Reminiscent of the era of Spice Trade

Source of image:  Pinterest - Iran

There was a time when spice trade was the world's biggest industry and nutmeg was worth more than gold by weight! 

Before the Christian era 4,000 years ago, cinnamon, cloves, cardamom, cassia, ginger, pepper, tumeric, cumin, nutmeg, bay leaves, saffron, thyme etc. were widely used in the Middle-East and exported to Europe through camel caravans. Middle-Eastern merchants were secretive of the sources of these fascinating spices to their European clients. Mesmerizing fragrances of spices were often associated with charming tales that drew greater attention of buyers to the spice trade. Levant (Syria) was the most popular gateway for exporting spices to Italy and the rest of Europe. 

The Silk Road was an important trade route for spices that connected China with the Middle-East and the Mediterranean. Many conquerors battled to control the spice trade. Did you know that the word "salary" originated from "salt"? The amazing worth of spices in ancient times is evident from the historical reality that Roman soldiers were often paid their wages in salt. That also established the phrase "worth his salt."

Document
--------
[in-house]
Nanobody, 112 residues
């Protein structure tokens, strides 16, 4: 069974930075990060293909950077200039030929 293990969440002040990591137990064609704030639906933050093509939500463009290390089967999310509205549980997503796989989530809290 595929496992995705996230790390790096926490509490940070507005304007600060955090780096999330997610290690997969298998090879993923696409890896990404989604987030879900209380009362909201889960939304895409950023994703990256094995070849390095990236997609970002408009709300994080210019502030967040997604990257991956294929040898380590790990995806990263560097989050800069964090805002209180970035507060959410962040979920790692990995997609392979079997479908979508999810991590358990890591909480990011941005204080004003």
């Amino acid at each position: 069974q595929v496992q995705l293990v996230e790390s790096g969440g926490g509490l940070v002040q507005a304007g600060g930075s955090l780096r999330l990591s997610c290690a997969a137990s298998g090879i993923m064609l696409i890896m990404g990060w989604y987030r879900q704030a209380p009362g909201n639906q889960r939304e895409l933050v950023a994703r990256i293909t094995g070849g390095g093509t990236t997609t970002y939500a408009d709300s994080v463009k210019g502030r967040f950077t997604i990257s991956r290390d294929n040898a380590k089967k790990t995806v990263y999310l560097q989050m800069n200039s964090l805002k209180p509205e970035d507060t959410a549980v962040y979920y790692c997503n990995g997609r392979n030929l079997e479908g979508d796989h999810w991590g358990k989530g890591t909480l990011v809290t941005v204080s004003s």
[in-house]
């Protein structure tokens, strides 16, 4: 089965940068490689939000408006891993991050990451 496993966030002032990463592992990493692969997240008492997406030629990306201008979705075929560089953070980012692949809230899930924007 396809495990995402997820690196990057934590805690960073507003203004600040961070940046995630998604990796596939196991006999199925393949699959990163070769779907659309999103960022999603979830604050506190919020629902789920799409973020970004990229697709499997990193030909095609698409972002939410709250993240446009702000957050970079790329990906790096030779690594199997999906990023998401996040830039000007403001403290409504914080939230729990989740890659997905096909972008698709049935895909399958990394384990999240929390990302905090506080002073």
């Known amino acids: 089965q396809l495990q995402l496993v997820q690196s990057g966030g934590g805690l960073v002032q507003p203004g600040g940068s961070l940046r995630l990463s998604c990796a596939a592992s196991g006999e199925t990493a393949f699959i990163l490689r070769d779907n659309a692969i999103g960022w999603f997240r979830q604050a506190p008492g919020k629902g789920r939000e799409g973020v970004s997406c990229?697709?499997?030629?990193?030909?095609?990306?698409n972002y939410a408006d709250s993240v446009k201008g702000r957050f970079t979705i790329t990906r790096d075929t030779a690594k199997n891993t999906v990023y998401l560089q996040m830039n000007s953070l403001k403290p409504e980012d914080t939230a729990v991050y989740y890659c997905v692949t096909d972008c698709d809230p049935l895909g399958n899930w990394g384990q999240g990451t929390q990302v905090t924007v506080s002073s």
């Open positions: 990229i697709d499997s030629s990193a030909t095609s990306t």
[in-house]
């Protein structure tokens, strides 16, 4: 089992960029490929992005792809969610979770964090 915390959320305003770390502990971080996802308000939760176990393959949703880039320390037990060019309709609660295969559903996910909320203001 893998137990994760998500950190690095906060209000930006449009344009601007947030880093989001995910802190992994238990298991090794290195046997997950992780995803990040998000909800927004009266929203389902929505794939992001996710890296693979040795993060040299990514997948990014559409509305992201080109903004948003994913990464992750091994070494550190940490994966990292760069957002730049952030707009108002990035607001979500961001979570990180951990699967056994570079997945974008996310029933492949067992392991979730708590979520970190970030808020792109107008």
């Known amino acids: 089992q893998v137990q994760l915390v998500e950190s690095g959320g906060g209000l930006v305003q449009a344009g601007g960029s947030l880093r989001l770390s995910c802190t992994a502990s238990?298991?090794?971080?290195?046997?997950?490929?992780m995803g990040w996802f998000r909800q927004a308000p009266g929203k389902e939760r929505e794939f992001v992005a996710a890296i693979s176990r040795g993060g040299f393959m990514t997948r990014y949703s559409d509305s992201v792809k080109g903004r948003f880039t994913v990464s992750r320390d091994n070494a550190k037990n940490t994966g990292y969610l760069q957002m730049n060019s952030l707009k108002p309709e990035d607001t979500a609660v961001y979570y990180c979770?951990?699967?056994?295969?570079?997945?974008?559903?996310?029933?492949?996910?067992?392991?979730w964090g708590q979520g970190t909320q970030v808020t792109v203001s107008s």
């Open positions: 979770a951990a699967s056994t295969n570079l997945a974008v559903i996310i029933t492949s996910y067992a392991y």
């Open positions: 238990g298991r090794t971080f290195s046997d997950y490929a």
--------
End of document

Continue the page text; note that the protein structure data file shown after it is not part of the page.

In the industrialized and unpleasantly complicated modern world, these alluring spices are taken for granted in every home. We seldom think how indispensable they are in our daily lives. The fact that they were once considered as precious as gold and silver sounds almost surreal. However, facts of history cannot be erased. In its time, spice trade was more valuable than oil today; and a world without spices would be far more devastating than the oil wells running dry.